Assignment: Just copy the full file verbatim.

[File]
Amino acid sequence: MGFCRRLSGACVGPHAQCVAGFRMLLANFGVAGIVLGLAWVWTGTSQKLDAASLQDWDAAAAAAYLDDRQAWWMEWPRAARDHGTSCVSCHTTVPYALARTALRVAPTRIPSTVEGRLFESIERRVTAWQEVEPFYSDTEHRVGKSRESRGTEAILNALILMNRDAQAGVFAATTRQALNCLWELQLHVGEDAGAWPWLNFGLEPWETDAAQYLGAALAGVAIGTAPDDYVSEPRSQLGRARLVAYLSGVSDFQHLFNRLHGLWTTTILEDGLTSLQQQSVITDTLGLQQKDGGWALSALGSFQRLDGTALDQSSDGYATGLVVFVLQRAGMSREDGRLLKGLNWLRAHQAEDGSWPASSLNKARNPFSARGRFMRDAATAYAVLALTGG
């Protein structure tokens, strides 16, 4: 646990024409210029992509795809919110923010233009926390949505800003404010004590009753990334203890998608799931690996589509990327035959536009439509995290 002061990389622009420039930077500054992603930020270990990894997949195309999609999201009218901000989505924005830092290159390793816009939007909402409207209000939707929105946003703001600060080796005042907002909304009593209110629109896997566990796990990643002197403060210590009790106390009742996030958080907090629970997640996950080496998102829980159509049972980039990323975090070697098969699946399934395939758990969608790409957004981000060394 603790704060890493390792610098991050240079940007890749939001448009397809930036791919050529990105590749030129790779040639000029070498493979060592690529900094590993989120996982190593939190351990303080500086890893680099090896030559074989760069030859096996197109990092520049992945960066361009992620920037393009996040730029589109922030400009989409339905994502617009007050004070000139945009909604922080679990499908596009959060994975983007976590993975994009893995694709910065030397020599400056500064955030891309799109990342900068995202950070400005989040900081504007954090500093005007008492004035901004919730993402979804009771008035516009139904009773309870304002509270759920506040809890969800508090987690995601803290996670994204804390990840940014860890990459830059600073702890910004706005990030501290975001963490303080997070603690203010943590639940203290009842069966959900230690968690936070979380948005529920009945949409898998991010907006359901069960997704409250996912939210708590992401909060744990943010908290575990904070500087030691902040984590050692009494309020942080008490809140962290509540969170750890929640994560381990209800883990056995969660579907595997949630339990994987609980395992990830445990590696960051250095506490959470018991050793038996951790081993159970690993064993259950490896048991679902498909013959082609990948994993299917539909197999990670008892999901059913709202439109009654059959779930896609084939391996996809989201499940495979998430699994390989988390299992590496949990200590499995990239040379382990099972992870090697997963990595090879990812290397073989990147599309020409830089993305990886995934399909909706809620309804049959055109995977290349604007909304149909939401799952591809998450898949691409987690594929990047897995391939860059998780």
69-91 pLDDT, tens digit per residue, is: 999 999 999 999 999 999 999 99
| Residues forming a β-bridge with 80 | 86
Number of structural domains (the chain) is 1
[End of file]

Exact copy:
Amino acid sequence: MGFCRRLSGACVGPHAQCVAGFRMLLANFGVAGIVLGLAWVWTGTSQKLDAASLQDWDAAAAAAYLDDRQAWWMEWPRAARDHGTSCVSCHTTVPYALARTALRVAPTRIPSTVEGRLFESIERRVTAWQEVEPFYSDTEHRVGKSRESRGTEAILNALILMNRDAQAGVFAATTRQALNCLWELQLHVGEDAGAWPWLNFGLEPWETDAAQYLGAALAGVAIGTAPDDYVSEPRSQLGRARLVAYLSGVSDFQHLFNRLHGLWTTTILEDGLTSLQQQSVITDTLGLQQKDGGWALSALGSFQRLDGTALDQSSDGYATGLVVFVLQRAGMSREDGRLLKGLNWLRAHQAEDGSWPASSLNKARNPFSARGRFMRDAATAYAVLALTGG
């Protein structure tokens, strides 16, 4: 646990024409210029992509795809919110923010233009926390949505800003404010004590009753990334203890998608799931690996589509990327035959536009439509995290 002061990389622009420039930077500054992603930020270990990894997949195309999609999201009218901000989505924005830092290159390793816009939007909402409207209000939707929105946003703001600060080796005042907002909304009593209110629109896997566990796990990643002197403060210590009790106390009742996030958080907090629970997640996950080496998102829980159509049972980039990323975090070697098969699946399934395939758990969608790409957004981000060394 603790704060890493390792610098991050240079940007890749939001448009397809930036791919050529990105590749030129790779040639000029070498493979060592690529900094590993989120996982190593939190351990303080500086890893680099090896030559074989760069030859096996197109990092520049992945960066361009992620920037393009996040730029589109922030400009989409339905994502617009007050004070000139945009909604922080679990499908596009959060994975983007976590993975994009893995694709910065030397020599400056500064955030891309799109990342900068995202950070400005989040900081504007954090500093005007008492004035901004919730993402979804009771008035516009139904009773309870304002509270759920506040809890969800508090987690995601803290996670994204804390990840940014860890990459830059600073702890910004706005990030501290975001963490303080997070603690203010943590639940203290009842069966959900230690968690936070979380948005529920009945949409898998991010907006359901069960997704409250996912939210708590992401909060744990943010908290575990904070500087030691902040984590050692009494309020942080008490809140962290509540969170750890929640994560381990209800883990056995969660579907595997949630339990994987609980395992990830445990590696960051250095506490959470018991050793038996951790081993159970690993064993259950490896048991679902498909013959082609990948994993299917539909197999990670008892999901059913709202439109009654059959779930896609084939391996996809989201499940495979998430699994390989988390299992590496949990200590499995990239040379382990099972992870090697997963990595090879990812290397073989990147599309020409830089993305990886995934399909909706809620309804049959055109995977290349604007909304149909939401799952591809998450898949691409987690594929990047897995391939860059998780």
69-91 pLDDT, tens digit per residue, is: 999 999 999 999 999 999 999 99
| Residues forming a β-bridge with 80 | 86
Number of structural domains (the chain) is 1